Photos: Palestinian Traditional Henna Party
These are some photos from my cousin Rawan’s traditional Henna party on Sunday, December 16. I can’t tell you how unique that was. Everything was traditional, even the decoration. Everyone came wearing Palestinian traditional dresses. As the guests’ original villages were different, their traditional dresses were different as. I had so much fun comparing their dresses and I reached one conclusion which is that the bride’s dress was certainly the most beautiful.
No modern music was played at all. Women exchanged roles: some played drums, some danced while others sang traditional songs that they orally learned from their mothers and grandmothers. Moreover, the young girls including Sarah, Roba, Amjad and I performed Dabka, the fork dancing of Palestine. We enjoyed every moment!
During the Henna party, a woman took responsibility of painting Henna on the girls’ hands one after another starting with the bride. We all have different shapes of Henna paints on our hands and everyone is proud, showing off hers to the others.
At the end of the Henna party, we served Summaqiya to the guests. Summaqiyya is a traditional kind of food that our grandparents used to serve for guests in their weddings in our original villages and it has become a basic custom in the Palestinian people’s weddings. Some relatives arrived early this morning and cooked a huge amount. It was so delicious that Sarah and I had two big dishes on our own! I think it was made with so much love for Rawan.
My grandmother used to describe to me vividly how their weddings looked like. Today, I felt emotional while recalling my grandmother’s description and glancing some of her memories from the old days as watching the women celebrating. By reviving our traditions, I could feel our grandparents alive again. I hate it when I observe how badly our Palestinian traditions and customs got influenced by TV and modern and western music and culture. Nothing is as good as our precious heritage. Thanks Rawan for bringing us back to the old days, the days that our grandparents used to live peacefully in Beit-Jerja and Deir-Sneid. We shall return and finish the olive harvest that our grandparents had to leave behind assuming that they would return in a matter of two weeks to continue it.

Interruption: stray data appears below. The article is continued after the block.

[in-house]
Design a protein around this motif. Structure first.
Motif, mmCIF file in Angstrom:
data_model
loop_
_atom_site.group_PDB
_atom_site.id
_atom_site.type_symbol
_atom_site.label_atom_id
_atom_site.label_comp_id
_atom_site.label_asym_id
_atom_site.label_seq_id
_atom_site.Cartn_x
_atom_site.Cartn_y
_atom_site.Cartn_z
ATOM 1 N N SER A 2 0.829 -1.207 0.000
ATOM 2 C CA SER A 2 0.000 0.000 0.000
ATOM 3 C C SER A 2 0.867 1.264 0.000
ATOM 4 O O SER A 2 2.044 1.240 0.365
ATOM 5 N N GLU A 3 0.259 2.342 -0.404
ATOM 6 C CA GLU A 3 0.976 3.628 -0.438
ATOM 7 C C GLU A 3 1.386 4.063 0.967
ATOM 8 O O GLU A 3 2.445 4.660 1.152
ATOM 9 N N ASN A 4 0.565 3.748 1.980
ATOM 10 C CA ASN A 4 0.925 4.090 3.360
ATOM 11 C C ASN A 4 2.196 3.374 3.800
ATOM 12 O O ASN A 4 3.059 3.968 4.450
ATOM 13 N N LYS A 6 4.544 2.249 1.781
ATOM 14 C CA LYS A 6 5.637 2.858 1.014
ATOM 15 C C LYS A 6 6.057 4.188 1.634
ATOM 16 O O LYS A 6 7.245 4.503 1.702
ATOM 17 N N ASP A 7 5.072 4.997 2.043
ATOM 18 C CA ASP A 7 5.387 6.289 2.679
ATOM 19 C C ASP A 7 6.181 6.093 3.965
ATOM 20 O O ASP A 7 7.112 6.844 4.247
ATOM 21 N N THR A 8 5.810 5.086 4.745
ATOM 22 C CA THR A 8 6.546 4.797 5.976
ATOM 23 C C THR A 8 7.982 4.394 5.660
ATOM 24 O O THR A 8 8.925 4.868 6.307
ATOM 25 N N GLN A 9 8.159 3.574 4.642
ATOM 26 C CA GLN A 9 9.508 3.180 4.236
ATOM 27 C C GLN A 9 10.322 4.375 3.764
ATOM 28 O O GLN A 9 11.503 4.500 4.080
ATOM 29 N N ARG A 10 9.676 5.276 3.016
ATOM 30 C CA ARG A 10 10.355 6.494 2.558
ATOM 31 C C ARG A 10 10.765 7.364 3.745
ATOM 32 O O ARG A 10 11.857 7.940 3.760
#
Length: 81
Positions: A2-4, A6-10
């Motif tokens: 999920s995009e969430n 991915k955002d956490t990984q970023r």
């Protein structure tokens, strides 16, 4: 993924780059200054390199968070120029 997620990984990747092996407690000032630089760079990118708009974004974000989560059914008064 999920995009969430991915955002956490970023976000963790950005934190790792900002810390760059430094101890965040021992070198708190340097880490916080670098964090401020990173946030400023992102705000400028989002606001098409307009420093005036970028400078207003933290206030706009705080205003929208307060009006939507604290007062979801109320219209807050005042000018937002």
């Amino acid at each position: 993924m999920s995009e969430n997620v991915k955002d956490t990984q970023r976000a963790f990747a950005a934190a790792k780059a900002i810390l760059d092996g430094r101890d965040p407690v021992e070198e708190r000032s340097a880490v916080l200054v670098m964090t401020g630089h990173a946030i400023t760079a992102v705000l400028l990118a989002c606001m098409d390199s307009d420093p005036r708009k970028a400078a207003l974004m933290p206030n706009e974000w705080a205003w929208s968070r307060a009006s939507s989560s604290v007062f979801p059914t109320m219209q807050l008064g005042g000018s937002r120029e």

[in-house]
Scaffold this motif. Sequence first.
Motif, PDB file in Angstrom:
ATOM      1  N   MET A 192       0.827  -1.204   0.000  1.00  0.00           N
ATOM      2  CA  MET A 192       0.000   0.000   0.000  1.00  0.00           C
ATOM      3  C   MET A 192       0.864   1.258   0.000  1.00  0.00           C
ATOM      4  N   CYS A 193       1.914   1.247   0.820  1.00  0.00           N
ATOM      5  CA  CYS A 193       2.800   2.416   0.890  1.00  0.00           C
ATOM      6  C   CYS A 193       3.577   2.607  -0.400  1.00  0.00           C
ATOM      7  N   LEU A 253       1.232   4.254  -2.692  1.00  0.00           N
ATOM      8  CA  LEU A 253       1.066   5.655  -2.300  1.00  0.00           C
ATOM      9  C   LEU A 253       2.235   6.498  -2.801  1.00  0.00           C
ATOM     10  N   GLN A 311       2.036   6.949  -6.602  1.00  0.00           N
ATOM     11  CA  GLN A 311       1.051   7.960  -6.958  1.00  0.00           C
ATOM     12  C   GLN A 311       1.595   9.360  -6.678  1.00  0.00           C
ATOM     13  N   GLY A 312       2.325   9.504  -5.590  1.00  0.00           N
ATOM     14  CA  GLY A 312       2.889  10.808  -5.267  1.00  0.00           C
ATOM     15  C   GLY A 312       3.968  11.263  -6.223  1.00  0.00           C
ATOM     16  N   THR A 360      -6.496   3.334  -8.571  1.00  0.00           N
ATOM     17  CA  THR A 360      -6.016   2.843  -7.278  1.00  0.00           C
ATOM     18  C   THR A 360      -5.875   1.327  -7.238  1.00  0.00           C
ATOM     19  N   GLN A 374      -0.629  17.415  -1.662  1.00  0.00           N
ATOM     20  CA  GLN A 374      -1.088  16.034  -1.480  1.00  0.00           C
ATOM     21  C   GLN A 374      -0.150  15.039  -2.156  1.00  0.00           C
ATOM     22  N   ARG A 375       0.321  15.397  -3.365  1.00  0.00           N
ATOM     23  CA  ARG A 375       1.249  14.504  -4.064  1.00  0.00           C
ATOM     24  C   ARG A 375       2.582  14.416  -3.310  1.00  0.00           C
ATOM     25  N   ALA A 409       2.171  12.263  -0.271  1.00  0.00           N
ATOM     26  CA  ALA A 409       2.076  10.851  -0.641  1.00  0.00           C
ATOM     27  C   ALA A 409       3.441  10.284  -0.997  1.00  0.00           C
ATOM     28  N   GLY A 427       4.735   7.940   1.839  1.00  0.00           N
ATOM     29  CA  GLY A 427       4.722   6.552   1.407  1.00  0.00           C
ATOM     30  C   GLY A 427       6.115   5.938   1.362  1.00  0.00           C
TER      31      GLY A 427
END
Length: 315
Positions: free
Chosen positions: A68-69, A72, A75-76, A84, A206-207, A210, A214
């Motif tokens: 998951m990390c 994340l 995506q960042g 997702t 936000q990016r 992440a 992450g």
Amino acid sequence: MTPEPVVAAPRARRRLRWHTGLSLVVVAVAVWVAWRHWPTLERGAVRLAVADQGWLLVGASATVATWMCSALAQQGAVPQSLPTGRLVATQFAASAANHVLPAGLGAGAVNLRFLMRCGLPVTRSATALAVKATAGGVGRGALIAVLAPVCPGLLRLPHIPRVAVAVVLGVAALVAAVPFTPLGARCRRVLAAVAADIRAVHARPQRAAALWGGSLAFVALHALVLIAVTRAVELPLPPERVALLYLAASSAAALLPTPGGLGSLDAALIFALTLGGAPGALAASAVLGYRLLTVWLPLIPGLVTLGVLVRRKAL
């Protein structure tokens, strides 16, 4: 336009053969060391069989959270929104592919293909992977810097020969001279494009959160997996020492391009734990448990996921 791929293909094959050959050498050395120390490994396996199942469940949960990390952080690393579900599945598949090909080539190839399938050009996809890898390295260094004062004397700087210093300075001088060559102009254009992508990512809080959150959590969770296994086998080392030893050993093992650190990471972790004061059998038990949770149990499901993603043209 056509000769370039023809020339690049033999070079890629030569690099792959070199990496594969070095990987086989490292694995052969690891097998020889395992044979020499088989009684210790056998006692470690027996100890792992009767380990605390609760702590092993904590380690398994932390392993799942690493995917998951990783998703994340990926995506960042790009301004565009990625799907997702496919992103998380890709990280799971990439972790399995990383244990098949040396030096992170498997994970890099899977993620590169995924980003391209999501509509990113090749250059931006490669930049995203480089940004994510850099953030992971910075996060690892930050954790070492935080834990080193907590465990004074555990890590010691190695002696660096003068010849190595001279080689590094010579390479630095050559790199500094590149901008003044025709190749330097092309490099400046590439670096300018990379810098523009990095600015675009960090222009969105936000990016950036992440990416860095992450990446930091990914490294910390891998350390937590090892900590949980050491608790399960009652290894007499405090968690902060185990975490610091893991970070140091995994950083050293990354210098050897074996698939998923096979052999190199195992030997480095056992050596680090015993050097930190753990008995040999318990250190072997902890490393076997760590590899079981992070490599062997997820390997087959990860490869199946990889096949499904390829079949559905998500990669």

December 18, 2012 at 4:04 pm
My Dear Sister Shahd:
Thank you for sharing this. Puts an actual face on Palestine. One that isn’t, at the moment, covered in horror.
I’ll bet that Grandmother can sing like an angel.
Blessing be upon you.
peace and respect,
December 18, 2012 at 4:30 pm
Nice to see you smile.
December 18, 2012 at 4:38 pm
thanks for this wonderful information Shahd. Sometimes on the market I look to the painted hands of Arab women with admiration. I can’t get my eyes off. I only paint my nails.
December 18, 2012 at 7:51 pm
Very beautiful!! Thank you sister for showing us this lovely side of Palestine!
LONG LIVE PALESTINE!
Peace to All!!
December 18, 2012 at 8:37 pm
Culture, the intricate fabric of the history of a nation, beautiful to see and hear.
December 18, 2012 at 11:00 pm
Brilliant and intelligent ladies! Thanks for showing us your heads held high, you are all magnificent!
December 19, 2012 at 12:25 am
It is wonderful to see that at least for those moments everything was so NORMAL.
Ironicaly while reveering the old ways you were able to share via the very modern way.
December 19, 2012 at 12:26 am
Mashallah!!! As beautiful as the character Amjad, in the muqawama in Filastin that was brilliantly depicted in Jonathan Bloomfield’s award-winning book, “Palestine,” in which actual history and future predictions are cloaked in fiction.
December 19, 2012 at 1:29 am
Gracias por compartir esas preciosas fotografías. Viva Palestina Libre !!!!!!!!!!
December 19, 2012 at 3:33 am
A pesar de masacre que sufre el pueblo palestino, su gente sabe sonreirle a la adversidad, una demostración de su inquebrantable voluntad de ser libres. “Grande Palestina”.
December 20, 2012 at 11:15 pm
Thankyou for a wonderful post and pictures. Always wondered what a traditional palestinian henna party looked like – meaning without imported customs etc. Keep up the good work!
December 21, 2012 at 3:21 am
Lovely tradition as it is~!
And it made me wondering of how Summaqiya is.. Would be great if you post the picture or maybe how to cook it :)
December 21, 2012 at 11:58 am